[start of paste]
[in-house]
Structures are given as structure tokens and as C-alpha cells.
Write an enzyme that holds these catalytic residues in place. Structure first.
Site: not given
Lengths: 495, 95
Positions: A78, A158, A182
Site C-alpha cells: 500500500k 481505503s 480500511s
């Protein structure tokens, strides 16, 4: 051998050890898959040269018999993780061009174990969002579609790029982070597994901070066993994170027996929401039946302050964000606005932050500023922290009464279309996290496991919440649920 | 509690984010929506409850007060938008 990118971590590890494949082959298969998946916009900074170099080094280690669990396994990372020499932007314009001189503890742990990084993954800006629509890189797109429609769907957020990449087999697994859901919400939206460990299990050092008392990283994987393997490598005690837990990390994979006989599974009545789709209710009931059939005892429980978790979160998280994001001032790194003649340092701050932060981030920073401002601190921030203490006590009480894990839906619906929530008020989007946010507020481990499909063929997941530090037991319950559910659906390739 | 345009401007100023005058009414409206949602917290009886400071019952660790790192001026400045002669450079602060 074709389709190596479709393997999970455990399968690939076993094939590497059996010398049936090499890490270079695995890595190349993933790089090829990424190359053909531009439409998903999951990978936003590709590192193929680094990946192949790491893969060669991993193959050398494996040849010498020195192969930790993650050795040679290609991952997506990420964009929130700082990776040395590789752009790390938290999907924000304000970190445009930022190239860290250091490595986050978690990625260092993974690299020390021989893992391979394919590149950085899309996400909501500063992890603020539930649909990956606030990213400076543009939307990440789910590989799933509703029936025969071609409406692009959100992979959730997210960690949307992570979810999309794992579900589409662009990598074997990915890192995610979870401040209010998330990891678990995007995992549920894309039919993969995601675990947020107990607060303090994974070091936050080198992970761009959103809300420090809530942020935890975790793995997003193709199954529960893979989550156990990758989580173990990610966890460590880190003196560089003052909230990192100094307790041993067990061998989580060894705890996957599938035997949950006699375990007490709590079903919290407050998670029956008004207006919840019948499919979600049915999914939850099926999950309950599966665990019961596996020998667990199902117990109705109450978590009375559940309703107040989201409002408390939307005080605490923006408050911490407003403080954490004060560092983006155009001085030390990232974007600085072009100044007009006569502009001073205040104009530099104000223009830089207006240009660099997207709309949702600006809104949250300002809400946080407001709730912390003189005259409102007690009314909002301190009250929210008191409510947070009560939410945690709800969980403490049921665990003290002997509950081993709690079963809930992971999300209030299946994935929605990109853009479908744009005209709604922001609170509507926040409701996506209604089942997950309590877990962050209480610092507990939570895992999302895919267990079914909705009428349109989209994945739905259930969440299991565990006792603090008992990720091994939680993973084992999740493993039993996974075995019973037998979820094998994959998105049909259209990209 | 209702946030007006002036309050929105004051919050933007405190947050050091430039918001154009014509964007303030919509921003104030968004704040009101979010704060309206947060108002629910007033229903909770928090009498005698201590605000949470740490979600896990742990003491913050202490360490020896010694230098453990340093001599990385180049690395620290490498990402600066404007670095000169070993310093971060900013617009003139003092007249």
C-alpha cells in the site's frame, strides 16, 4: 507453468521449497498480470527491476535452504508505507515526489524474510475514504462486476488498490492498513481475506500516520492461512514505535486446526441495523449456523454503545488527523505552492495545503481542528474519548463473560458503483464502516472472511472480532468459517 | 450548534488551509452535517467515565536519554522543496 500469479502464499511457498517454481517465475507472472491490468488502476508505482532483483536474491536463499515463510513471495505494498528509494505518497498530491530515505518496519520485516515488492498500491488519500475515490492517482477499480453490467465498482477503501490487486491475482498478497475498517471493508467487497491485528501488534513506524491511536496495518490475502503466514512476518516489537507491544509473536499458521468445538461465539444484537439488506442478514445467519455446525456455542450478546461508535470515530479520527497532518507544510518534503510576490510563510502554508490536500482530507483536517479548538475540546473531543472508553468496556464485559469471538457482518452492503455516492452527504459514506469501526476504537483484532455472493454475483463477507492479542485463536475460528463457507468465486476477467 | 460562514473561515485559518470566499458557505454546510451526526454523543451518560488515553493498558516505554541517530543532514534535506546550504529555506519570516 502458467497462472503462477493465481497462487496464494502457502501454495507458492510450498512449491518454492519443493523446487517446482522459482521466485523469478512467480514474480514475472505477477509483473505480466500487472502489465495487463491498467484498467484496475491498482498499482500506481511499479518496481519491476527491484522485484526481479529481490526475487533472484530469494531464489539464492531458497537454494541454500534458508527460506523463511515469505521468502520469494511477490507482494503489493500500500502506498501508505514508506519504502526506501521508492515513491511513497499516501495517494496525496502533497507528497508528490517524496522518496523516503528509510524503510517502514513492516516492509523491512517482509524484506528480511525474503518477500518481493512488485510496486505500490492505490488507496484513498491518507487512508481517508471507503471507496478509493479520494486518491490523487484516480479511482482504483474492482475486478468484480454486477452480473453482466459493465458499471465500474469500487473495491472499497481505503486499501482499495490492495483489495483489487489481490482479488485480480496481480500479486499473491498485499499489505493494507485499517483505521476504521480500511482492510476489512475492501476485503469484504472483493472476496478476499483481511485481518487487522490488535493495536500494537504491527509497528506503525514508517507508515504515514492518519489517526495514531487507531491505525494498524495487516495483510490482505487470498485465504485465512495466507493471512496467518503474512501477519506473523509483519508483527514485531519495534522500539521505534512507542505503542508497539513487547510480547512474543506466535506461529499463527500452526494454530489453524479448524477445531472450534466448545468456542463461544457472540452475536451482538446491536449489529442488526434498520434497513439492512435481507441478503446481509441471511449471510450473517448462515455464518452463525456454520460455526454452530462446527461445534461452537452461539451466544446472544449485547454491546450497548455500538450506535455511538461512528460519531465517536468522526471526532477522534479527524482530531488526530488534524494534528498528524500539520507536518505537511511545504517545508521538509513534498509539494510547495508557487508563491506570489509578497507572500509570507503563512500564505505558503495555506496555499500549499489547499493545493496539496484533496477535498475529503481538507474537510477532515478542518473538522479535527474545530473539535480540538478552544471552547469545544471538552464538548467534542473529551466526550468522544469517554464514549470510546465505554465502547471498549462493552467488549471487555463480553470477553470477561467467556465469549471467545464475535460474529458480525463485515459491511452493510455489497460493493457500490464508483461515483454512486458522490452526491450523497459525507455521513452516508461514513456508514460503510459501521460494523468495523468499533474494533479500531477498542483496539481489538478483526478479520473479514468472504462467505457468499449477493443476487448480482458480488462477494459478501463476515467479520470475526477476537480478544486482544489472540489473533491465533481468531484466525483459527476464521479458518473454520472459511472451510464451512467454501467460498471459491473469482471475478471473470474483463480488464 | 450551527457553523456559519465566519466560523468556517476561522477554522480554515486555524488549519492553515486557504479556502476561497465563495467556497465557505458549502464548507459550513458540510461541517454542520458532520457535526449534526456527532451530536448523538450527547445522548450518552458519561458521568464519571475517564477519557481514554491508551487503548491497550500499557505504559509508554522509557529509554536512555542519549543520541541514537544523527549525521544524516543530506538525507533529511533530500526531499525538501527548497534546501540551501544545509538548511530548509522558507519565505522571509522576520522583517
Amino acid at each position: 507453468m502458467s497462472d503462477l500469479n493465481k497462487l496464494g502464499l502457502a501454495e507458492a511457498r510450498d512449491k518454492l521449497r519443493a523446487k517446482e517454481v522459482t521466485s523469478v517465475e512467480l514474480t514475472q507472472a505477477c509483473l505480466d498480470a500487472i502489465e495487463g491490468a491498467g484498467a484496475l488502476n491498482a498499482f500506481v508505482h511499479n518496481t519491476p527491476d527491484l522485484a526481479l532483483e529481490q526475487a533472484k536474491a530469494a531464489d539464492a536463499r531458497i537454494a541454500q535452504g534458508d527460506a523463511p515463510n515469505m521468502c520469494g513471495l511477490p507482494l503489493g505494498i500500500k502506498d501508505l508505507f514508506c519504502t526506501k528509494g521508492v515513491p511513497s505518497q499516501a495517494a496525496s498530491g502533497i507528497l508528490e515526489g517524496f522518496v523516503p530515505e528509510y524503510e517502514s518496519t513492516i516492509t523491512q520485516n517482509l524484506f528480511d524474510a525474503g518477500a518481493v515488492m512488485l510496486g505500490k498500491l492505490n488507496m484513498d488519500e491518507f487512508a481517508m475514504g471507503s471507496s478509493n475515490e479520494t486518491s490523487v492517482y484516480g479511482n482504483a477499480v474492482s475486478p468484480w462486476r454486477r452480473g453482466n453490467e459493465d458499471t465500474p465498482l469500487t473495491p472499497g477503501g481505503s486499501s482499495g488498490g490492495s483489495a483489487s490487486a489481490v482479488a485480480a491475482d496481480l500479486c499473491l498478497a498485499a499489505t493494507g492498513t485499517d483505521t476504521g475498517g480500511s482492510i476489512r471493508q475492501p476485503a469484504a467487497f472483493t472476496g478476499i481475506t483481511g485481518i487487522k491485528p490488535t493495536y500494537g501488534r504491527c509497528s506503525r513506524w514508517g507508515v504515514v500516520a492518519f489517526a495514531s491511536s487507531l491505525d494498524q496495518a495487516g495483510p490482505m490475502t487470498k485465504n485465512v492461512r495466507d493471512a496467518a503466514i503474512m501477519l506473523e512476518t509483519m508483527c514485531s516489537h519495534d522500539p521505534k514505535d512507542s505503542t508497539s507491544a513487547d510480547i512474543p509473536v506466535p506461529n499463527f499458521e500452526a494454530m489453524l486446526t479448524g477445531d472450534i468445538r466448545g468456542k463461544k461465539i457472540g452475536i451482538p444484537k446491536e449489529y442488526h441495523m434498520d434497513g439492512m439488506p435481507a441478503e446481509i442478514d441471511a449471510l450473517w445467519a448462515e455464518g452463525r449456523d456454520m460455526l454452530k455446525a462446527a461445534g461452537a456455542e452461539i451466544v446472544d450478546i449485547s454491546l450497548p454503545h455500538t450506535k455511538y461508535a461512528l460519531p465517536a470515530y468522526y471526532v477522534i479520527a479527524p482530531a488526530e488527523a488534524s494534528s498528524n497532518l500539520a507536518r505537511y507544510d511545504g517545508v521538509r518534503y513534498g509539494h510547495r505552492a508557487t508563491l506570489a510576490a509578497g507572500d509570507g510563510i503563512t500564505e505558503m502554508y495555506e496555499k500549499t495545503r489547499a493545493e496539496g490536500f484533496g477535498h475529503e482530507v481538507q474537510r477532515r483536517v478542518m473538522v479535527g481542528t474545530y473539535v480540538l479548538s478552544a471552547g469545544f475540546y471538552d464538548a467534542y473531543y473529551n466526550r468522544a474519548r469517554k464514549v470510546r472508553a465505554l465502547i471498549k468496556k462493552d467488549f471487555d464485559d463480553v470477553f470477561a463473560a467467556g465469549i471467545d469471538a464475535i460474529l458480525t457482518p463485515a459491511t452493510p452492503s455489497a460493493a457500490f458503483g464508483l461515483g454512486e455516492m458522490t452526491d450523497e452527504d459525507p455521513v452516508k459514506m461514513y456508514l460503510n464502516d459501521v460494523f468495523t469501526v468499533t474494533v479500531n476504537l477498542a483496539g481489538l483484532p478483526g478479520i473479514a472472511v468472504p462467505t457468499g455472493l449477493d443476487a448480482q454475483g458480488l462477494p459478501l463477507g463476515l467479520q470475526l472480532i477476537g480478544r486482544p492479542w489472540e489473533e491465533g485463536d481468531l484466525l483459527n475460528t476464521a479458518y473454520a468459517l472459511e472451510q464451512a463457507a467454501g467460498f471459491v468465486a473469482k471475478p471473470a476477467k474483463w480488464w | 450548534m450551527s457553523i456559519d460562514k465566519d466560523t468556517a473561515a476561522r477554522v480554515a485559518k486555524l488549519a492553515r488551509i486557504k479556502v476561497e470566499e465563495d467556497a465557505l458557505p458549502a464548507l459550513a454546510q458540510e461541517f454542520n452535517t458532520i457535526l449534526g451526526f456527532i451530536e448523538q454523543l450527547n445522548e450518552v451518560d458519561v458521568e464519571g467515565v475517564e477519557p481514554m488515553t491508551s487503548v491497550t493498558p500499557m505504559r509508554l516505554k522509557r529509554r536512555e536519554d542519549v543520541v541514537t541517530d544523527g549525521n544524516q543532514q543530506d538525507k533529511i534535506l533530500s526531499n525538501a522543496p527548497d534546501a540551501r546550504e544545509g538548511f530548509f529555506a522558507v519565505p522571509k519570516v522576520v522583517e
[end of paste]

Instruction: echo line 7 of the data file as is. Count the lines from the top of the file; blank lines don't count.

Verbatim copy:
Site C-alpha cells: 500500500k 481505503s 480500511s